Richard Chartier - Incidence

There's something wrong with CDs from raster-noton. Strangely, given the Teutonic precision of the German minimalist label's catalogue, they never seem to rotate as precisely on their axes as other discs, careering around under the glass lid of my CD player like miniature spinning teacup rides. This upsets the machine, and, in a whirr of motors, it repositions its laser eye, trying desperately to lock onto the data. A modern device would probably handle this slight centrifugal error discreetly and instantaneously, but it takes at least ten attempts for Richard Chartier's Incidence to play on this aging JVC. And yet, after this considerable amount of effort, a few seconds into the 64 minutes of the disc's sole track, I throw it all away and hit the stop button.

"Where the hell is that hiss coming from!?"

The hiss, it turns out, is part of the music -- no doubt something I should have expected. Over the course of a few minutes, it rises from near-silence to an unignorable, room-filling cloud of static sound. "Chartier concentrates on tiniest changes between seemingly static sound masses", says the press release. After a few more minutes, an eery whistle creeps into the mix. The bass moves in waves, pulsating slowly and without rhythm; shaking the eardrums with a constant element of surprise.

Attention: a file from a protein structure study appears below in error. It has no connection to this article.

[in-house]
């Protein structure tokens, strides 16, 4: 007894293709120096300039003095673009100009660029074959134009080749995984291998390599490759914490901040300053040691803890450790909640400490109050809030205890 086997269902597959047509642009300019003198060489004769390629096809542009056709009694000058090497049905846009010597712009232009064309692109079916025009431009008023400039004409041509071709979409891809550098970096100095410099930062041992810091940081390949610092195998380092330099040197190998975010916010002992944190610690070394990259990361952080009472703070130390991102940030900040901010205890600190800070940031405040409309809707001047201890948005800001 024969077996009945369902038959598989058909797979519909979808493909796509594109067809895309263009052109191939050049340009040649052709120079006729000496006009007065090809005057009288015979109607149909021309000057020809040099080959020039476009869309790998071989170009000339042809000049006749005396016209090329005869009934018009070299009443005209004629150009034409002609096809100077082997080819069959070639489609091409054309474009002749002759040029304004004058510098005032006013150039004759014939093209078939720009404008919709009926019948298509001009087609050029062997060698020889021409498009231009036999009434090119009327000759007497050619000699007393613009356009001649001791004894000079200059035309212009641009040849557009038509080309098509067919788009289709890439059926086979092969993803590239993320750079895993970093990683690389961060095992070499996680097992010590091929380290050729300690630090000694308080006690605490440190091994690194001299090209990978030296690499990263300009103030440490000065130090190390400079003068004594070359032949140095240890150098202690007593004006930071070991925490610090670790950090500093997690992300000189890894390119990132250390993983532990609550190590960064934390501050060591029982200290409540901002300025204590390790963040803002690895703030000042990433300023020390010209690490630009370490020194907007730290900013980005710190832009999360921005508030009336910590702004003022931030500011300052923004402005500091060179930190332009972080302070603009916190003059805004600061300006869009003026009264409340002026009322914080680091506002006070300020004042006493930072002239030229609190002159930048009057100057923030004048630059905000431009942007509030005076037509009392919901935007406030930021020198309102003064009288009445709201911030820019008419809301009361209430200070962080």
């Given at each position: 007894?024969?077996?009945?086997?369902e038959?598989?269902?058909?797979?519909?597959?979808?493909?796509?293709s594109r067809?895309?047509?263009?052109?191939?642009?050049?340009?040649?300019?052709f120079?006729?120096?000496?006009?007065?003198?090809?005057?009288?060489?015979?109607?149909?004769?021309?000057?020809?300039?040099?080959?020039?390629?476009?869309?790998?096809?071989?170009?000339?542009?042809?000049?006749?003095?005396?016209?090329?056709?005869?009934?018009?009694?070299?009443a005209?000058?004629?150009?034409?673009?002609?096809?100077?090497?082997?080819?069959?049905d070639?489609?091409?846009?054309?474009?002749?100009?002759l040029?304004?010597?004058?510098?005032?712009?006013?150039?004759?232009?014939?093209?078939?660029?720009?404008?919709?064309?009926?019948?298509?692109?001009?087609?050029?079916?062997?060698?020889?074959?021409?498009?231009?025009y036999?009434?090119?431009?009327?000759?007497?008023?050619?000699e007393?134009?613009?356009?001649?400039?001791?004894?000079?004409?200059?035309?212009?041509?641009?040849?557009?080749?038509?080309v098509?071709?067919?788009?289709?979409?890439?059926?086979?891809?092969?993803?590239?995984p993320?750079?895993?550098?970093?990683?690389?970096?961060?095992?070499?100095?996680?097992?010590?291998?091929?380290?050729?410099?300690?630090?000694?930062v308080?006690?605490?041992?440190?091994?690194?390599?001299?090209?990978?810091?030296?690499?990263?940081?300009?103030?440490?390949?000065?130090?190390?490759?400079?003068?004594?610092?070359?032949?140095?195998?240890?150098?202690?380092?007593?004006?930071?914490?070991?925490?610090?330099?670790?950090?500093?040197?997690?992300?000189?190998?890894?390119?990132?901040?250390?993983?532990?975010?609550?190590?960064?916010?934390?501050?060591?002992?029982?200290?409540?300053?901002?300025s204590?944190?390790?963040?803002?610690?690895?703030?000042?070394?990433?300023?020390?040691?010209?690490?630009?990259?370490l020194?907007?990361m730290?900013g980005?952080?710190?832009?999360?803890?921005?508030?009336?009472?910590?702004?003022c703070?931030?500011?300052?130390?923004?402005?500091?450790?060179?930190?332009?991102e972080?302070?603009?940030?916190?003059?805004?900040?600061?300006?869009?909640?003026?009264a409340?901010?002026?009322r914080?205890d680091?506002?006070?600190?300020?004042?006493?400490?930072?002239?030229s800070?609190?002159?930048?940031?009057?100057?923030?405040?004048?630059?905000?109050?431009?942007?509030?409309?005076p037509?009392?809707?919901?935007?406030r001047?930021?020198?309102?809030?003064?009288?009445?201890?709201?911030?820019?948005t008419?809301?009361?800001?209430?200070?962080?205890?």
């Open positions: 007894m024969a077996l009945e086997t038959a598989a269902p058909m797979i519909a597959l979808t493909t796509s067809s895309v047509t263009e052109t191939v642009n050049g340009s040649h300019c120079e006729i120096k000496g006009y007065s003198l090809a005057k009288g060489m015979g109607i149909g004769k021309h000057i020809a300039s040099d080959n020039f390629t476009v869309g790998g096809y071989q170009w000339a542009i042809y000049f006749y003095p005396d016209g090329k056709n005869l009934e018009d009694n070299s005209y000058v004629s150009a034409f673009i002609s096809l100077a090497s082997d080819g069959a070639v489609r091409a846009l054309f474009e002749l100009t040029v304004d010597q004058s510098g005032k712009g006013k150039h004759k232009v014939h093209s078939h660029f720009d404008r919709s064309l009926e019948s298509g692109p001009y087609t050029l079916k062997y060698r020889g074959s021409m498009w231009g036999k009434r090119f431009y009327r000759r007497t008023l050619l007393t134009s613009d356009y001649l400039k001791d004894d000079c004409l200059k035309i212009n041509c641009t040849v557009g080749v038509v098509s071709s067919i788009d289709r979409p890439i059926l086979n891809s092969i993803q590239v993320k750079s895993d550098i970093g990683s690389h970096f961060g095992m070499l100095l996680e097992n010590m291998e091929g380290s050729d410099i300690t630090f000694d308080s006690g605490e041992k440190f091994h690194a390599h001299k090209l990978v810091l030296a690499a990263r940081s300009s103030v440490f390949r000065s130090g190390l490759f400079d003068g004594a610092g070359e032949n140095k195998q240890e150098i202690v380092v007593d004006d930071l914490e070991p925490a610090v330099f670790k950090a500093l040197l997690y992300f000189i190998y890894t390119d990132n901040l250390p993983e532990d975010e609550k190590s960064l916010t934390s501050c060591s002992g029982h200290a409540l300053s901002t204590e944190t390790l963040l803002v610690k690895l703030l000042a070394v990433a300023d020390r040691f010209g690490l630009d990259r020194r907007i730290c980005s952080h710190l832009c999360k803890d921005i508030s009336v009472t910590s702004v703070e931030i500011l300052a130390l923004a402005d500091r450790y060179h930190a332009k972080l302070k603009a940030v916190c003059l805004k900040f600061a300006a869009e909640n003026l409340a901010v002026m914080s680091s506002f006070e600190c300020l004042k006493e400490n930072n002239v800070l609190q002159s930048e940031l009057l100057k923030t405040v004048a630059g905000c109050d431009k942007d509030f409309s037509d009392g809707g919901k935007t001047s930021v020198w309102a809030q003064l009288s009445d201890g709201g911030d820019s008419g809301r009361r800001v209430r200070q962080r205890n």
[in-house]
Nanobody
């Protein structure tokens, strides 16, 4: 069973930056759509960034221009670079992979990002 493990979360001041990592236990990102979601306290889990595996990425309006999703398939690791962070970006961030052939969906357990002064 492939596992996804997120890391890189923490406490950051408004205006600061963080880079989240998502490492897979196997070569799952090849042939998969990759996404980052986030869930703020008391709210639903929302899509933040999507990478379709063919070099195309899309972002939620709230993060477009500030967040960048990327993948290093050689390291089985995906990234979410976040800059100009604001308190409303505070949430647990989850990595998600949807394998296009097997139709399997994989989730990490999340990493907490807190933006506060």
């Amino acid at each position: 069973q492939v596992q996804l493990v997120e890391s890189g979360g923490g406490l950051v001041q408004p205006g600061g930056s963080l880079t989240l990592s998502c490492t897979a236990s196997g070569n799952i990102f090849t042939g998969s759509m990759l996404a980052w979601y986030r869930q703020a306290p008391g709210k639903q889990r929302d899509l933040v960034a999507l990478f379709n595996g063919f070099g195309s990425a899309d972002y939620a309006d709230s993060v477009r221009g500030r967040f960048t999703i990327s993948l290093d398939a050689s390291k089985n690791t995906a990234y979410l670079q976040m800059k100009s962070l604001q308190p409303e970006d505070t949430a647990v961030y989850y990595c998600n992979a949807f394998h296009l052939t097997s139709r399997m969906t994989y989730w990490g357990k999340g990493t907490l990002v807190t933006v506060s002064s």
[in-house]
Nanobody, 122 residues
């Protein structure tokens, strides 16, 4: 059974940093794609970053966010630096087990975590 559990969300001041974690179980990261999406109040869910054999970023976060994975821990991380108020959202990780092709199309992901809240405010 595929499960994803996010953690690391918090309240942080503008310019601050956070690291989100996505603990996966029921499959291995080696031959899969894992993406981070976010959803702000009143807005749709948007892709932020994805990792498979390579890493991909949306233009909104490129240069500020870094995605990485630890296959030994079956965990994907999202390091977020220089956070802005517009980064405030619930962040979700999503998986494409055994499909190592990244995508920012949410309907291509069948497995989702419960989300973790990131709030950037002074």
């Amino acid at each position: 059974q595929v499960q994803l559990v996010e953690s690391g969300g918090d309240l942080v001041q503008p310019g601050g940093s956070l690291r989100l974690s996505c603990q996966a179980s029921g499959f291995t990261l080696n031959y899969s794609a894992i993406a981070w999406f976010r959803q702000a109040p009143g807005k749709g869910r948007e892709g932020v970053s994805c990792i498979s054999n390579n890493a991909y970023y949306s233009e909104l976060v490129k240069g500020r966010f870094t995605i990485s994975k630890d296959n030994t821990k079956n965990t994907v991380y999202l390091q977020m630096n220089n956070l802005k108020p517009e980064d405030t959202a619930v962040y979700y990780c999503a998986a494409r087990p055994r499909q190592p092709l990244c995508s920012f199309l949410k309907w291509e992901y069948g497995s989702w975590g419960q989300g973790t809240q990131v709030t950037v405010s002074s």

Incidence is neither organic nor electronic. In fact, it's difficult to imagine its origin at all. The constant drone carries no emotion besides a peaceful, grey solemnity. As the piece moves towards its midsection, clicking fragments of noise flicker through the haze. Speakers buzz as if absorbing the electricity of a human body -- the same sound that occurs when you touch the metal of an AUX IN jack with your fingers.

And, as quietly as it begins, Incidence draws to a close. Listening to this CD is not the intense experience that you might expect of a 64-minute drone, but neither is it boring. It's neutral. Skillfully constructed, but largely unobtrusive, Incidence could be enjoyed whilst reading, writing or simply relaxing. Music to think to.

Buy Incidence from raster-noton, archiv für ton und nichtton.



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